اثرات سرریز در بازارهای آتی انرژی
|کد مقاله||سال انتشار||مقاله انگلیسی||ترجمه فارسی||تعداد کلمات|
|14187||2001||14 صفحه PDF||سفارش دهید||محاسبه نشده|
Publisher : Elsevier - Science Direct (الزویر - ساینس دایرکت)
Journal : Energy Economics, Volume 23, Issue 1, January 2001, Pages 43–56
Price discovery in crude oil and refined oil products has been extensively undertaken in organised futures markets for over a decade now. There are two dominant such markets today: the first one in the New York Mercantile Exchange; and the second in London's International Petroleum Exchange. With the demise of OPEC as the leading price setter for crude and products, NYMEX light sweet crude and Brent crude have usurped the role of benchmark grades for price setting. To date considerable work has been done to scrutinise the degree to which these two markets price efficiently, but little with regard to the way the two markets interact. Participants in these markets move with relative ease from one market to the other and usually take positions in both of them. It is of interest, therefore, to investigate the information transmission mechanism by looking at spillover effects and, perhaps, identify which market is the true price leader. This paper is a first attempt to look at such a problem in the energy market, although similar studies have been done on stock market indices. It is found that substantial spillover effects do exist when both markets are trading simultaneously, although IPE morning prices seem to be considerably affected by the close of the previous day on NYMEX.
Organised commodity futures markets have been around since the end of the last century, but despite their longevity they have often been criticised as relatively less transparent, more inefficient and more difficult to interpret than more recently established financial futures markets. Agricultural commodity futures have been the prime focus of most research, but energy futures came to the limelight after the oil price collapse in 1986. Since then, there are primarily two markets which act as benchmarks for the pricing of crude oil and its refined products, on an international basis: New York and London. In the crude oil market, more specifically, it is two ‘marker’ crudes that set the pace in prices: West Texas Intermediate and Brent Blend. The former is the base grade traded, as ‘light sweet crude’, on the New York Mercantile Exchange (NYMEX), while the latter is traded on London's International Petroleum Exchange (IPE) and is also one of the grades acceptable for delivery of the NYMEX contract. Much of the research to date has focused on the interaction between the cash and the futures tiers of the crude oil market. In contrast, our research question focuses on the information linkages between the two markets. Variations of this question could be: Does the law of one price hold for the two markets?; Is one market more efficient than the other in assimilating information?; and Does one market ‘lead’ the other in its pricing function? This paper investigates the information transmission mechanism between NYMEX and IPE crude oil contracts in both non-overlapping and simultaneous trading hours. It also addresses the concomitant questions of: how fast information is transmitted (e.g. within the same day or overnight); in which direction the information flows; and through which mechanism(s) information is transmitted (e.g. through price returns themselves or the variance of these returns). We start by reviewing the literature on energy futures markets and — more importantly — on the issue of market linkages. We continue with a review of the data at our disposal, their characteristics and shortfalls (where inevitable), and the consequences in the choice of methodology. Following that is the section discussing the methodology employed and the interpretation of empirical results. The paper concludes with a summary of the most important findings and suggestions for further research.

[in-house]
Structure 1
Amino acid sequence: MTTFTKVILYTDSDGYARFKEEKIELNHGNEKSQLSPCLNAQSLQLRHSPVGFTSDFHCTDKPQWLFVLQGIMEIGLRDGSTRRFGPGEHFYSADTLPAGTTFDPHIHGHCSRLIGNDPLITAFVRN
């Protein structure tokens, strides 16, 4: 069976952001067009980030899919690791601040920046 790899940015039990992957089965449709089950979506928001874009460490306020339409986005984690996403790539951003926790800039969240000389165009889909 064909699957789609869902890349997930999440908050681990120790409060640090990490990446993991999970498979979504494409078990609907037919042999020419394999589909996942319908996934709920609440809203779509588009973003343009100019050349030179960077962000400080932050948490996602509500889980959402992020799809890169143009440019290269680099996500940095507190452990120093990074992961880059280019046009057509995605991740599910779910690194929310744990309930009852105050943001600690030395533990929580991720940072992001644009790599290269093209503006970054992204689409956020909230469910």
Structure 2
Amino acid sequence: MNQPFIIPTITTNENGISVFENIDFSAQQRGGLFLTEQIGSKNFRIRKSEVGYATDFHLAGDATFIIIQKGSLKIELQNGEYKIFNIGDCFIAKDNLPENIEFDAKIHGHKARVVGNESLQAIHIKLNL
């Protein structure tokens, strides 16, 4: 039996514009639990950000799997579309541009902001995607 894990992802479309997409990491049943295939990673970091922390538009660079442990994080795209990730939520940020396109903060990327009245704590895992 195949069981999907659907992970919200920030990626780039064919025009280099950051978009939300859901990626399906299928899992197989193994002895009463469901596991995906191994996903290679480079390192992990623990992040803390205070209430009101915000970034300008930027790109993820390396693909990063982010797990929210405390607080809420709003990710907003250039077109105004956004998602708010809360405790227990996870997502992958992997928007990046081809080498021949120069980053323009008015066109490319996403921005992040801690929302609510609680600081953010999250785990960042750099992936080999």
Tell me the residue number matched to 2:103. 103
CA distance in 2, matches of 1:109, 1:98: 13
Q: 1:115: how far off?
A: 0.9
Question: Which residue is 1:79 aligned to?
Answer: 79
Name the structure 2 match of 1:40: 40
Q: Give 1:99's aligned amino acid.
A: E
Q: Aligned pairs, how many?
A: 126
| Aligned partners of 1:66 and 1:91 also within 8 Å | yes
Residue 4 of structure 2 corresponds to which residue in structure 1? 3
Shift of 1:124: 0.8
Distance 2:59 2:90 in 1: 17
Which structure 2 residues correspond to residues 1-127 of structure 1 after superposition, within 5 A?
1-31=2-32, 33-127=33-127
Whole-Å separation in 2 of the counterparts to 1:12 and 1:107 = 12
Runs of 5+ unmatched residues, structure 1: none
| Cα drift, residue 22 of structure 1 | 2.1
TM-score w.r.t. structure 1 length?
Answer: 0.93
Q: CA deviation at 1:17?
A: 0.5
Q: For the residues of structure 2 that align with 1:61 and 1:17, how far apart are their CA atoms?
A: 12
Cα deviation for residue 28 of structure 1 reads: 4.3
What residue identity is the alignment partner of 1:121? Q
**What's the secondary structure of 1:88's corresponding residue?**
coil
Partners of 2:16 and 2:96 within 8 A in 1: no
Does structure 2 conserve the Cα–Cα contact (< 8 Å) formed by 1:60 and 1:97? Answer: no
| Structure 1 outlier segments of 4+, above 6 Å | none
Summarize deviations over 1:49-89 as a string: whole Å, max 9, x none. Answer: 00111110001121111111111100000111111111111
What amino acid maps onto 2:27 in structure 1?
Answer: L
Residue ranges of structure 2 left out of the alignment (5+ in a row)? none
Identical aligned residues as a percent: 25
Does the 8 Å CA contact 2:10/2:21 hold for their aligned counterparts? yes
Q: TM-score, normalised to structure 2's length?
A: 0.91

نتیجه گیری انگلیسی
By investigating the NYMEX and IPE energy futures markets with univariate and bivariate time series models, evidence of spillovers in mean returns is found in the IPE morning section, where up to two previous days’ NYMEX information has significant effects. NYMEX is efficient in incorporating past information. Variance spillovers are transmitted in both directions. When both markets are open, i.e. the IPE afternoon trading session and NYMEXday trading session, substantial spillover effects in the mean take place in both directions. These results are robust in relation to superexogeneity tests and Granger causality tests. They may indicate the existence of a common trading market place, which needs to be further investigated. In addition there is some evidence of Mondayrholiday effects in NYMEX trading section and marginally significant negative contract-switching effects in the variance equations of all trading sections when two dummies and spillover effects are jointly examined. It may be caused by the arbitrary 5-day cutoff point before expiry when the next nearest contract is taken. It may, however, be due to the fact that when another contract is introduced, some inconsistency of basis is also introduced. Evidence provided by the data available for this paper seem to indicate that NYMEX has an edge on IPE, at least so far as the IPE morning section is concerned. The next step in this line of research should be to look at high frequency data e.g. every 5 min. on both markets in order to establish who is the true market leader.